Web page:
Five APAM faculty members (Chris Marianetti, Michael Mauel, Adam Sobel, Latha Venkataraman, and Chris Wiggins), made presentations during the SEAS 150th Anniversary Symposium on Friday, November 14, from 2:00-4:00 PM, in Roone Arledge Auditorium in Lerner Hall. Nov. 14 Symposium Showcases 150 Years of Innovation, Then and Now
Prof. Chris Marianetti and Ph.D. candidate, Eric Isaacs, were recently featured in the article, "Supercomputers Reveal Strange, Stress-Induced Transformations in World's Thinnest Materials:Columbia researchers used Brookhaven Lab supercomputer simulations to map and compare the transformations and breaking points of graphene and other promising monolayers," by Justin Eure.
Just as a watchmaker is enamored with the beauty of the miniature cogs and wheels that make a timepiece work, Simon Billinge, professor of materials science and of applied physics and applied mathematics, is equally enraptured by the minuscule world of nanoparticles. By learning how these ultrafine particles between 1 and 100 nanometers in size behave within nanomaterials measured in billionths of a meter, Billinge hopes to optimize their performance and utility in biomedical, optical, and electronic applications. Columbia Engineering Magazine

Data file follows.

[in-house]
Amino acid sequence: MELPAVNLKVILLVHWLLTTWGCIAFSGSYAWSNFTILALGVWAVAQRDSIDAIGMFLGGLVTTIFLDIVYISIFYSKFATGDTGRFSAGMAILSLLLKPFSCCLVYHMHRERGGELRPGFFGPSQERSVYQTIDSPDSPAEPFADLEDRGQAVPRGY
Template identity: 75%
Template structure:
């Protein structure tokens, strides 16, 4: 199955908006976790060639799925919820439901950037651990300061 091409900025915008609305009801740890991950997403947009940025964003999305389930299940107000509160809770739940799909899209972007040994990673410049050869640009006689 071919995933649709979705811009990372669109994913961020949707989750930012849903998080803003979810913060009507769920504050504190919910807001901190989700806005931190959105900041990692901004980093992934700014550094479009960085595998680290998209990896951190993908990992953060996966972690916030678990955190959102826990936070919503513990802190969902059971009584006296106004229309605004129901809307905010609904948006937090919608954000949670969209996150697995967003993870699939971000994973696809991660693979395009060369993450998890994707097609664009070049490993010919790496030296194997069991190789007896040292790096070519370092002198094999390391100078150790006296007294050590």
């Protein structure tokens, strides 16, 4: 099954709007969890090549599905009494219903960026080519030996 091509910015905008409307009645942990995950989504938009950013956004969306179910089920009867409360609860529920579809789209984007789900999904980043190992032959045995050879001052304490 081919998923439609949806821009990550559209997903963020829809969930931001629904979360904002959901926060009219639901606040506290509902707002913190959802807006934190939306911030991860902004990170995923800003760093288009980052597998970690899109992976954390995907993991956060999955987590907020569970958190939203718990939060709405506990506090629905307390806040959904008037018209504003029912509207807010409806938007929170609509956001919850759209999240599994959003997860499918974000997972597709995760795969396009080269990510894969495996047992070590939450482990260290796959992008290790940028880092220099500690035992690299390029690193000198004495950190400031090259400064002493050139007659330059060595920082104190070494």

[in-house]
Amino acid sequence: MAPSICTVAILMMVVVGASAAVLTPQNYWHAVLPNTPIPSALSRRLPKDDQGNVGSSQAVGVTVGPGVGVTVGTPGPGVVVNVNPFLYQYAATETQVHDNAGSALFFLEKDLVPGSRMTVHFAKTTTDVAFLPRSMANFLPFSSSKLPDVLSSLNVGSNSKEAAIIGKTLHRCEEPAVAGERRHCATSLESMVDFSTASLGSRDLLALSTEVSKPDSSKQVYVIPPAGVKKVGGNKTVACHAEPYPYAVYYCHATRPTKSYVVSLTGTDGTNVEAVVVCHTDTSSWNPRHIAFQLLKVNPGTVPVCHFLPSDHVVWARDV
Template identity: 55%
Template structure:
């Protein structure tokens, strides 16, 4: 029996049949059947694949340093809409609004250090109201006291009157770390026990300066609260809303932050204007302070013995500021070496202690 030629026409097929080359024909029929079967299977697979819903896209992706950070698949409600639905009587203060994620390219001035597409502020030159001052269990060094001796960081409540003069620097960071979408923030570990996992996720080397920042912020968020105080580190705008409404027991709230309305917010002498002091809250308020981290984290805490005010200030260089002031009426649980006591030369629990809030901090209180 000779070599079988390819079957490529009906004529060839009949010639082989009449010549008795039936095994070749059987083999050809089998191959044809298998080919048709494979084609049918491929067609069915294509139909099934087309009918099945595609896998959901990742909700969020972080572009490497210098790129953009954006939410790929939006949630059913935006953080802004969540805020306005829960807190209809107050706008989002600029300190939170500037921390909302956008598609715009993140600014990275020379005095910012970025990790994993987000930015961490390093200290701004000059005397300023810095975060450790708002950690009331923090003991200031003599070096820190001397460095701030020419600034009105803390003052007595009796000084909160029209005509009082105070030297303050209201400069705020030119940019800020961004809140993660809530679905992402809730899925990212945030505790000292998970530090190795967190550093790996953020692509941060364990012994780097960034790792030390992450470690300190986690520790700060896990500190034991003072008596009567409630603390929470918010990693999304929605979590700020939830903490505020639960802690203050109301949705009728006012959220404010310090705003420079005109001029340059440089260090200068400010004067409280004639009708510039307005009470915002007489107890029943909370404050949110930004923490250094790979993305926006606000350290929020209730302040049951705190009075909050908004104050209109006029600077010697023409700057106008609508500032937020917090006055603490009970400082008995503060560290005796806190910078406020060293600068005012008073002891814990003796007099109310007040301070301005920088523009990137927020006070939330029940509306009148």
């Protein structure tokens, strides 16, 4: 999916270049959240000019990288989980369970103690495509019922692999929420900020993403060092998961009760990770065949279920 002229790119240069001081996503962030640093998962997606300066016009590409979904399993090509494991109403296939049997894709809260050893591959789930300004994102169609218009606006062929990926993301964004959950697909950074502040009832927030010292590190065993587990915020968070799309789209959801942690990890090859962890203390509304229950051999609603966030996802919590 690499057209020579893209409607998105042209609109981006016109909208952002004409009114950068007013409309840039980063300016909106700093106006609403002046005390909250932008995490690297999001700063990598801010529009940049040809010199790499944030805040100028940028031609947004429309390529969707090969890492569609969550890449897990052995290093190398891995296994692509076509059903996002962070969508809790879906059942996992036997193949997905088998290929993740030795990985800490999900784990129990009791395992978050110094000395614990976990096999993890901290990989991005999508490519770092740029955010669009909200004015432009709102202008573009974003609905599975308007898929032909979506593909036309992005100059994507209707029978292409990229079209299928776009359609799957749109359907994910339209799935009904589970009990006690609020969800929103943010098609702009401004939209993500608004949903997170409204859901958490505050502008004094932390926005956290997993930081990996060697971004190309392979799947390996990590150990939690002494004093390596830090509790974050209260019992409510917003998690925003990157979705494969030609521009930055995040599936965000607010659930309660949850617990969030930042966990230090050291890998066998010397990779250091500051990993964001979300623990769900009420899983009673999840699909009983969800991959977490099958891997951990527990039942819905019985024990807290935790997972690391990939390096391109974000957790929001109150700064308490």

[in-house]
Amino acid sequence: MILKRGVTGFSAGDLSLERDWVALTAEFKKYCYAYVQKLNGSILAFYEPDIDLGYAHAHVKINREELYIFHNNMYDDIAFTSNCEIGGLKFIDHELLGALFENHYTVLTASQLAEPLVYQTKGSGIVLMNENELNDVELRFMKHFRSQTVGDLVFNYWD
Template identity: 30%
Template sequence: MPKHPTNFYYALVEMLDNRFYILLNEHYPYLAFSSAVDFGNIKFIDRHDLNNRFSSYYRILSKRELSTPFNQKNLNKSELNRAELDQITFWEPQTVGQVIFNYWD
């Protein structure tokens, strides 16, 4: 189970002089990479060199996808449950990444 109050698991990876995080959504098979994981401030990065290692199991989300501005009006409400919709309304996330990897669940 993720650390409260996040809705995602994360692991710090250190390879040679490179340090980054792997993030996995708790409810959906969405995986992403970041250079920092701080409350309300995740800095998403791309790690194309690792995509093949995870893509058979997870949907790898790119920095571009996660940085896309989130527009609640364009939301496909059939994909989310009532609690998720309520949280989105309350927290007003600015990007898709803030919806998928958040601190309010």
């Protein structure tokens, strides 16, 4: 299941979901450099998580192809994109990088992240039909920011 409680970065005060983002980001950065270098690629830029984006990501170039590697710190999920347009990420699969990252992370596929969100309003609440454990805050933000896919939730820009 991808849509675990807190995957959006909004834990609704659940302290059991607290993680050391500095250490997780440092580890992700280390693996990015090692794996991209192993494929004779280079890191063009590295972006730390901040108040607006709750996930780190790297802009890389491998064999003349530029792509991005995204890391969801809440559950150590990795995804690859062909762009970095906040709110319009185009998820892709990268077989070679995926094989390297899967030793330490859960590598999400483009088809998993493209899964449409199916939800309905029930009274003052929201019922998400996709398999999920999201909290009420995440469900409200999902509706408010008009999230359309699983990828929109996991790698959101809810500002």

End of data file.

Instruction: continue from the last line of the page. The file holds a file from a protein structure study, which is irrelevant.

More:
The Woodhead Publishing Series in Electronic and Optical Materials recently released "Metallic Films for Electronic, Optical and Magnetic Applications: Structure, Processing and Properties," edited by Katayun Barmak, the Philips Electronics Professor in the APAM Department at Columbia University, and Kevin Coffey, a Professor in the Department of Materials Science and Engineering at the University of Central Florida.
Prof. Simon Billinge was named a fellow of the Neutron Scattering Society of America in recognition of his “seminal contributions to the field of local structure and nanostructure studies using atomic pair distribution function methods and impact on the field of neutron diffraction.” This technique uses the information from neutrons scattered from materials to discern the atomic arrangements in nanoparticles, enabling scientists to better understand the link between structure and function. This information paves the way toward rational design of new materials with improved properties for applications from medicine to new energy-saving technologies.